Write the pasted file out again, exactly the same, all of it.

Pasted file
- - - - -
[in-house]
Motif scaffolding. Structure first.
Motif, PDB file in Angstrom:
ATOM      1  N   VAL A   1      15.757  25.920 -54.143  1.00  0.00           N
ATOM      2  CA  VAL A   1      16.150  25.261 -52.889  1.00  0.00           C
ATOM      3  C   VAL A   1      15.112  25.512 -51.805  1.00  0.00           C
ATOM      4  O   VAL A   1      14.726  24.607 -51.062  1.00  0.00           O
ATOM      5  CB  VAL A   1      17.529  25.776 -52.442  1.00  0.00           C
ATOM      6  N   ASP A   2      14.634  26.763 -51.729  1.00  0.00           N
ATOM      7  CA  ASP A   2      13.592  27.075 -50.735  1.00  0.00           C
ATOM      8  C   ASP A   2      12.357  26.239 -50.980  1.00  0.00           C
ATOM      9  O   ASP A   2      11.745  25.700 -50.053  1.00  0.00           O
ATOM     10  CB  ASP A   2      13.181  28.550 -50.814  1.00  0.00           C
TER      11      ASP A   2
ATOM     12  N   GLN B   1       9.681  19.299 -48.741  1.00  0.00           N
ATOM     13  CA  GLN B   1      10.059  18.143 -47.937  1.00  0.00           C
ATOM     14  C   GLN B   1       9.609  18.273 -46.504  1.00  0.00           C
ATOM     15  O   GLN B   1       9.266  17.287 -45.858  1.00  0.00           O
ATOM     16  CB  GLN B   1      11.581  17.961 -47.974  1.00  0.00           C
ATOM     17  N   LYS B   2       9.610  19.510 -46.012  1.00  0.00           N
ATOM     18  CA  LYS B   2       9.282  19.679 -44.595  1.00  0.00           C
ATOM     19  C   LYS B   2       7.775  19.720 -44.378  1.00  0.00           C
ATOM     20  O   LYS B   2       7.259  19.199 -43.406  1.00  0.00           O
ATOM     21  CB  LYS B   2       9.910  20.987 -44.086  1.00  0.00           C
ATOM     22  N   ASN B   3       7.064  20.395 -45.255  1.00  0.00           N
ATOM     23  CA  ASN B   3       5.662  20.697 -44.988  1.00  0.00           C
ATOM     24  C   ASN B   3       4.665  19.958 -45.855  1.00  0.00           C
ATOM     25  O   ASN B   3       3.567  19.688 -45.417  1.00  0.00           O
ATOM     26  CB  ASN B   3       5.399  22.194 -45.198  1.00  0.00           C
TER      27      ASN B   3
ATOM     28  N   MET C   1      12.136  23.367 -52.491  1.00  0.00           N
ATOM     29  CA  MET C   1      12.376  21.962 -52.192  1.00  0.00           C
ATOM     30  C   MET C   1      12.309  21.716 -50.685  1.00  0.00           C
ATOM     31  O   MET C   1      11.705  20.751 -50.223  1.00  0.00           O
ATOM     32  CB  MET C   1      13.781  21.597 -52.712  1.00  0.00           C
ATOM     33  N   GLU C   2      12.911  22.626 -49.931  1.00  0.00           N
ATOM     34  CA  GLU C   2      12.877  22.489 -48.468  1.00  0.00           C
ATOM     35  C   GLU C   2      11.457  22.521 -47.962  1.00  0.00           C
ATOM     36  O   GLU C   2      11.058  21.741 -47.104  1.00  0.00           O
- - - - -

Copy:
[in-house]
Motif scaffolding. Structure first.
Motif, PDB file in Angstrom:
ATOM      1  N   VAL A   1      15.757  25.920 -54.143  1.00  0.00           N
ATOM      2  CA  VAL A   1      16.150  25.261 -52.889  1.00  0.00           C
ATOM      3  C   VAL A   1      15.112  25.512 -51.805  1.00  0.00           C
ATOM      4  O   VAL A   1      14.726  24.607 -51.062  1.00  0.00           O
ATOM      5  CB  VAL A   1      17.529  25.776 -52.442  1.00  0.00           C
ATOM      6  N   ASP A   2      14.634  26.763 -51.729  1.00  0.00           N
ATOM      7  CA  ASP A   2      13.592  27.075 -50.735  1.00  0.00           C
ATOM      8  C   ASP A   2      12.357  26.239 -50.980  1.00  0.00           C
ATOM      9  O   ASP A   2      11.745  25.700 -50.053  1.00  0.00           O
ATOM     10  CB  ASP A   2      13.181  28.550 -50.814  1.00  0.00           C
TER      11      ASP A   2
ATOM     12  N   GLN B   1       9.681  19.299 -48.741  1.00  0.00           N
ATOM     13  CA  GLN B   1      10.059  18.143 -47.937  1.00  0.00           C
ATOM     14  C   GLN B   1       9.609  18.273 -46.504  1.00  0.00           C
ATOM     15  O   GLN B   1       9.266  17.287 -45.858  1.00  0.00           O
ATOM     16  CB  GLN B   1      11.581  17.961 -47.974  1.00  0.00           C
ATOM     17  N   LYS B   2       9.610  19.510 -46.012  1.00  0.00           N
ATOM     18  CA  LYS B   2       9.282  19.679 -44.595  1.00  0.00           C
ATOM     19  C   LYS B   2       7.775  19.720 -44.378  1.00  0.00           C
ATOM     20  O   LYS B   2       7.259  19.199 -43.406  1.00  0.00           O
ATOM     21  CB  LYS B   2       9.910  20.987 -44.086  1.00  0.00           C
ATOM     22  N   ASN B   3       7.064  20.395 -45.255  1.00  0.00           N
ATOM     23  CA  ASN B   3       5.662  20.697 -44.988  1.00  0.00           C
ATOM     24  C   ASN B   3       4.665  19.958 -45.855  1.00  0.00           C
ATOM     25  O   ASN B   3       3.567  19.688 -45.417  1.00  0.00           O
ATOM     26  CB  ASN B   3       5.399  22.194 -45.198  1.00  0.00           C
TER      27      ASN B   3
ATOM     28  N   MET C   1      12.136  23.367 -52.491  1.00  0.00           N
ATOM     29  CA  MET C   1      12.376  21.962 -52.192  1.00  0.00           C
ATOM     30  C   MET C   1      12.309  21.716 -50.685  1.00  0.00           C
ATOM     31  O   MET C   1      11.705  20.751 -50.223  1.00  0.00           O
ATOM     32  CB  MET C   1      13.781  21.597 -52.712  1.00  0.00           C
ATOM     33  N   GLU C   2      12.911  22.626 -49.931  1.00  0.00           N
ATOM     34  CA  GLU C   2      12.877  22.489 -48.468  1.00  0.00           C
ATOM     35  C   GLU C   2      11.457  22.521 -47.962  1.00  0.00           C
ATOM     36  O   GLU C   2      11.058  21.741 -47.104  1.00  0.00           O